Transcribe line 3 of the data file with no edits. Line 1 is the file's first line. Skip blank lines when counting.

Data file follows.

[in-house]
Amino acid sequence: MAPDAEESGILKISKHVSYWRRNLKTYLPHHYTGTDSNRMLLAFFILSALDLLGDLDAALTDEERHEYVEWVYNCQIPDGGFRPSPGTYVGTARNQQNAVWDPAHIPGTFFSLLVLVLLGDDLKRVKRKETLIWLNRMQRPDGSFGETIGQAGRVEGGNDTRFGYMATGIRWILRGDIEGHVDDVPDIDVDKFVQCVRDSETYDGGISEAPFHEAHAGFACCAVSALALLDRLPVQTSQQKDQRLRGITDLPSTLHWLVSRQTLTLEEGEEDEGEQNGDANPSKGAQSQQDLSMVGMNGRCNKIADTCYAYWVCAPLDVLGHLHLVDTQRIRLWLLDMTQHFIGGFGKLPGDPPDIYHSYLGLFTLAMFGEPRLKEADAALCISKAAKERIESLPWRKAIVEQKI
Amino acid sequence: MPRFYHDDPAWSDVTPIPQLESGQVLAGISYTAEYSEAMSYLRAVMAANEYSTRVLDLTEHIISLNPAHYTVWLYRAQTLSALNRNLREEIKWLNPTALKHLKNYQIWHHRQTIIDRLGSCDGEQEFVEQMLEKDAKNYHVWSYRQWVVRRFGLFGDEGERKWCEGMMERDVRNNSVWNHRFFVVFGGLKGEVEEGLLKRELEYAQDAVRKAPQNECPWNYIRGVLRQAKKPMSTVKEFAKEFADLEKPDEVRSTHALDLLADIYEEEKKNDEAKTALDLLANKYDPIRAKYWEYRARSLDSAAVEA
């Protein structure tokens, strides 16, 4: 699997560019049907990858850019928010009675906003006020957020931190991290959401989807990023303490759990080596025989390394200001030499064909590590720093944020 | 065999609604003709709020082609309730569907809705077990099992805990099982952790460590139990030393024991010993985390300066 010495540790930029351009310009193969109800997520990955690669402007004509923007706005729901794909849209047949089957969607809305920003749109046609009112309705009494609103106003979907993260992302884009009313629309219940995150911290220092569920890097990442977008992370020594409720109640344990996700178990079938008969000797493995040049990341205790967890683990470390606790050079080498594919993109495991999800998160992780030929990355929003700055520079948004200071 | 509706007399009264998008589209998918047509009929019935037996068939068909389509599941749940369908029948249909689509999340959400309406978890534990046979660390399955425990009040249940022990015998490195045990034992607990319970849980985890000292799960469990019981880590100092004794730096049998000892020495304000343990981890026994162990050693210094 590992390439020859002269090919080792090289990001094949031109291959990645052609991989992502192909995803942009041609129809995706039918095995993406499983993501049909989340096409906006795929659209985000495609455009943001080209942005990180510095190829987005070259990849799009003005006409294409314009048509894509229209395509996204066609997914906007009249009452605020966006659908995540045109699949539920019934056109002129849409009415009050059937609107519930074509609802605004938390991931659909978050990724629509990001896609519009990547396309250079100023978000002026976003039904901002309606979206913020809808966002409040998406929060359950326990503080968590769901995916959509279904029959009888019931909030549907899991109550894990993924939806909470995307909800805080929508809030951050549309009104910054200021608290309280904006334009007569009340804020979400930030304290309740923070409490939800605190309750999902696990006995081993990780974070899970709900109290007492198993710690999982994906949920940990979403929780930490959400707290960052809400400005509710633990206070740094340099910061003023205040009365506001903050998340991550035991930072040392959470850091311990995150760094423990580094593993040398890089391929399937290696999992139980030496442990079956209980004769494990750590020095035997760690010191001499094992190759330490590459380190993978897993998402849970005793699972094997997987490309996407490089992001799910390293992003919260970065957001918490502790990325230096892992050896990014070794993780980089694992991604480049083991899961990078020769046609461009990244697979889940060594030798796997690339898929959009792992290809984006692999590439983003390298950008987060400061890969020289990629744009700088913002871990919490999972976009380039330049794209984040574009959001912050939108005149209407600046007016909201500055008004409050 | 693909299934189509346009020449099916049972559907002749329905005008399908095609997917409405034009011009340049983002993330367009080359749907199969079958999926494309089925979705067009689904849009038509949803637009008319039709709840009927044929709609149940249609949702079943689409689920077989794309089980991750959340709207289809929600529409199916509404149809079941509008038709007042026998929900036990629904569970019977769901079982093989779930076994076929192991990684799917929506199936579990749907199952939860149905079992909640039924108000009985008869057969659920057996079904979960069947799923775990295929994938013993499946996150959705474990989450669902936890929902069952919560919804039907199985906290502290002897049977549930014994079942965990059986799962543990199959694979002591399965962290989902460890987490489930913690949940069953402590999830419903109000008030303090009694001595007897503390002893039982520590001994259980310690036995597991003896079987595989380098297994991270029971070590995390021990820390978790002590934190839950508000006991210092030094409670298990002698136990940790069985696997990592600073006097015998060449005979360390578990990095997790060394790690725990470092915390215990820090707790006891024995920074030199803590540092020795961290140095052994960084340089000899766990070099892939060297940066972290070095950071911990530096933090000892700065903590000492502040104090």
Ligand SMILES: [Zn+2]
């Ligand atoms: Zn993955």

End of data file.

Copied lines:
Amino acid sequence: MPRFYHDDPAWSDVTPIPQLESGQVLAGISYTAEYSEAMSYLRAVMAANEYSTRVLDLTEHIISLNPAHYTVWLYRAQTLSALNRNLREEIKWLNPTALKHLKNYQIWHHRQTIIDRLGSCDGEQEFVEQMLEKDAKNYHVWSYRQWVVRRFGLFGDEGERKWCEGMMERDVRNNSVWNHRFFVVFGGLKGEVEEGLLKRELEYAQDAVRKAPQNECPWNYIRGVLRQAKKPMSTVKEFAKEFADLEKPDEVRSTHALDLLADIYEEEKKNDEAKTALDLLANKYDPIRAKYWEYRARSLDSAAVEA